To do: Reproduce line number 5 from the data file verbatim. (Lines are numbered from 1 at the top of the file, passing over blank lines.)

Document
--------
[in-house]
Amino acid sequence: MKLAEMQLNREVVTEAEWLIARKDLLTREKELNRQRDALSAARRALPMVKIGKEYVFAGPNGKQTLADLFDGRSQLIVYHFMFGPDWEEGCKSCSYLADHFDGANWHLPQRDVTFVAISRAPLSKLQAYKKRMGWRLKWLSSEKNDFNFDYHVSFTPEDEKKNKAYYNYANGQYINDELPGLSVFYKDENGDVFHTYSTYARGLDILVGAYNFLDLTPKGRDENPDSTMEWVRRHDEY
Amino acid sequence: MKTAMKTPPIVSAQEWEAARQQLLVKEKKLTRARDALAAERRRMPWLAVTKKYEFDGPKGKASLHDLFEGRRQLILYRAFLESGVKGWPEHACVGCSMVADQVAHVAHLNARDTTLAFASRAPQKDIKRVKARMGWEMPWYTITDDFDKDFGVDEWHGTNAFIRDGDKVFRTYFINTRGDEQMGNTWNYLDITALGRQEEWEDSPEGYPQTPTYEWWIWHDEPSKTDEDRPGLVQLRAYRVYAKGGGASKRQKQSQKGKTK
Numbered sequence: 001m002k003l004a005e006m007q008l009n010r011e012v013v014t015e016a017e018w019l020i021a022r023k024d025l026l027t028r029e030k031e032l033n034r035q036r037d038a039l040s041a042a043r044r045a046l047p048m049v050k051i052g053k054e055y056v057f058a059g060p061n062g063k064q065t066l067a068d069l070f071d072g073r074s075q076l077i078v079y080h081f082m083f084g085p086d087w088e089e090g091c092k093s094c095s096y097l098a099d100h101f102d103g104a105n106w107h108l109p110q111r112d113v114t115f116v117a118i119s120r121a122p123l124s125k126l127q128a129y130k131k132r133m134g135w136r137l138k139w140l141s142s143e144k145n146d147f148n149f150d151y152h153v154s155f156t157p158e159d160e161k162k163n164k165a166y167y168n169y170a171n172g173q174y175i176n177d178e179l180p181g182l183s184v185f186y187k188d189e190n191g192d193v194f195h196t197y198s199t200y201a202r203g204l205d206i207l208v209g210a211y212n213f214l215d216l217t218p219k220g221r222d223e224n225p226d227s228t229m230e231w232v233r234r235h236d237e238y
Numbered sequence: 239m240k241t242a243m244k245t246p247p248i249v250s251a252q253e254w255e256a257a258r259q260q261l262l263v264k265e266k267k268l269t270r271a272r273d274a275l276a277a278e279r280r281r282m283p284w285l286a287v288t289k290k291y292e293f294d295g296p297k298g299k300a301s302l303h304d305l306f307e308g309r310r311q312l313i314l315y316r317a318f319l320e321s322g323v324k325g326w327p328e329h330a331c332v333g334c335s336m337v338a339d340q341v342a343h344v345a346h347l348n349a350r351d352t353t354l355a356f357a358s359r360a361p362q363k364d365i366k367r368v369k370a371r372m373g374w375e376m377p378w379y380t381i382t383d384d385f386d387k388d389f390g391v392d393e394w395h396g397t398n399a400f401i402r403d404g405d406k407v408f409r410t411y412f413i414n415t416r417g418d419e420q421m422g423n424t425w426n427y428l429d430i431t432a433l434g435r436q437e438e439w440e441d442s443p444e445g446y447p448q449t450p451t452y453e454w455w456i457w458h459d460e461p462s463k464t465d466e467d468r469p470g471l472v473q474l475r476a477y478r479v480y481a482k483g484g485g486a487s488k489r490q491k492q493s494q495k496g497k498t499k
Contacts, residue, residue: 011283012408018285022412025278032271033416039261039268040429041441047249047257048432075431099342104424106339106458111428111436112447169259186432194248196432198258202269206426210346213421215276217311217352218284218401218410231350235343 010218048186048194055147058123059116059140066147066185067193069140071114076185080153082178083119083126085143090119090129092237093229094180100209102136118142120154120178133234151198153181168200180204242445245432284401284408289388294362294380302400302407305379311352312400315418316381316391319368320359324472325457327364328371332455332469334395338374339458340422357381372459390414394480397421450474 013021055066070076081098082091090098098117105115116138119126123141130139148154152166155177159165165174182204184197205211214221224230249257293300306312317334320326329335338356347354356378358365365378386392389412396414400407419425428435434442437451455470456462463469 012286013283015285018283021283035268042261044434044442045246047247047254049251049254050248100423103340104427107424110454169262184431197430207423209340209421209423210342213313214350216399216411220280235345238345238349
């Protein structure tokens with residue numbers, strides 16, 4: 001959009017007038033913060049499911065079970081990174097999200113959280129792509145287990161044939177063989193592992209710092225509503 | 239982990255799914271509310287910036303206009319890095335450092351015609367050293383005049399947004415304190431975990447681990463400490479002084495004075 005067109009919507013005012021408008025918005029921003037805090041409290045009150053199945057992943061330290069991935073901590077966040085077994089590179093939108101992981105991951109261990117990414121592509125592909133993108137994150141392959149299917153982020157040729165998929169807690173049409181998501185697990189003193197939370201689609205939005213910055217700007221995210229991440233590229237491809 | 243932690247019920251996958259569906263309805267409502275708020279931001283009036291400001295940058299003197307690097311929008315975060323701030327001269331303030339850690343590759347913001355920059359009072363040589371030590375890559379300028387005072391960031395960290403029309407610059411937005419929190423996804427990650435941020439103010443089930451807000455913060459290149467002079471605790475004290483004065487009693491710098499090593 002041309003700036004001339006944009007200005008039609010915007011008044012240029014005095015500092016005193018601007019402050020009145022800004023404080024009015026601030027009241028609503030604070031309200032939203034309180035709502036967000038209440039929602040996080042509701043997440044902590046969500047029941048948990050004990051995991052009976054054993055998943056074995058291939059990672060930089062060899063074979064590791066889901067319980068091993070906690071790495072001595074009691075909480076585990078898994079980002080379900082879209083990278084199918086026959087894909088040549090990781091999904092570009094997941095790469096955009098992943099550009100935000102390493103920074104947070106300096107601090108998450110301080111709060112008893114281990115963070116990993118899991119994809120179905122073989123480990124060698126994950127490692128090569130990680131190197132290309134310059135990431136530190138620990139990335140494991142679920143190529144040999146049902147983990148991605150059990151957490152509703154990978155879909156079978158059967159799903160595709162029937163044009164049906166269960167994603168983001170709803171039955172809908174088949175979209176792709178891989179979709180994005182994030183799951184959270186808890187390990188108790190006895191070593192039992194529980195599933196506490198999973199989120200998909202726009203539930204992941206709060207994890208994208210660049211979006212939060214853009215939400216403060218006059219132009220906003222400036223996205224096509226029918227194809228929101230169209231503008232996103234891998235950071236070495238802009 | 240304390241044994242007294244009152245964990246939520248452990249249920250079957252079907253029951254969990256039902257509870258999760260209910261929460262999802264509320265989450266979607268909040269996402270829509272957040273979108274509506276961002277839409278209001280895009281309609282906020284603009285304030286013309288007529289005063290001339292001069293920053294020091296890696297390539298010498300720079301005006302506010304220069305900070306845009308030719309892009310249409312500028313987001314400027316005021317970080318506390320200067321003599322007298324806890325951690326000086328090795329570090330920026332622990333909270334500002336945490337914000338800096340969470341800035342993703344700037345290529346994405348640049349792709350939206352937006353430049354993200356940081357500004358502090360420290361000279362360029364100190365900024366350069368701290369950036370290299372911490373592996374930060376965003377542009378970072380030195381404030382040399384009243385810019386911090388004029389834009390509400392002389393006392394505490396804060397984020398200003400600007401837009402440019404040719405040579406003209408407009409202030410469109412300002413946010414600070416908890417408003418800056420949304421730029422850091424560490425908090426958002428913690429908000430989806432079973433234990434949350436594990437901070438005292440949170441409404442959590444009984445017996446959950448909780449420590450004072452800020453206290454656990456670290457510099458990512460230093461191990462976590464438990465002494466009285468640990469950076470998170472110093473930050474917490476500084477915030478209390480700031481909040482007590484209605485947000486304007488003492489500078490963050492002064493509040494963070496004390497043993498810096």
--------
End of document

Numbered sequence: 239m240k241t242a243m244k245t246p247p248i249v250s251a252q253e254w255e256a257a258r259q260q261l262l263v264k265e266k267k268l269t270r271a272r273d274a275l276a277a278e279r280r281r282m283p284w285l286a287v288t289k290k291y292e293f294d295g296p297k298g299k300a301s302l303h304d305l306f307e308g309r310r311q312l313i314l315y316r317a318f319l320e321s322g323v324k325g326w327p328e329h330a331c332v333g334c335s336m337v338a339d340q341v342a343h344v345a346h347l348n349a350r351d352t353t354l355a356f357a358s359r360a361p362q363k364d365i366k367r368v369k370a371r372m373g374w375e376m377p378w379y380t381i382t383d384d385f386d387k388d389f390g391v392d393e394w395h396g397t398n399a400f401i402r403d404g405d406k407v408f409r410t411y412f413i414n415t416r417g418d419e420q421m422g423n424t425w426n427y428l429d430i431t432a433l434g435r436q437e438e439w440e441d442s443p444e445g446y447p448q449t450p451t452y453e454w455w456i457w458h459d460e461p462s463k464t465d466e467d468r469p470g471l472v473q474l475r476a477y478r479v480y481a482k483g484g485g486a487s488k489r490q491k492q493s494q495k496g497k498t499k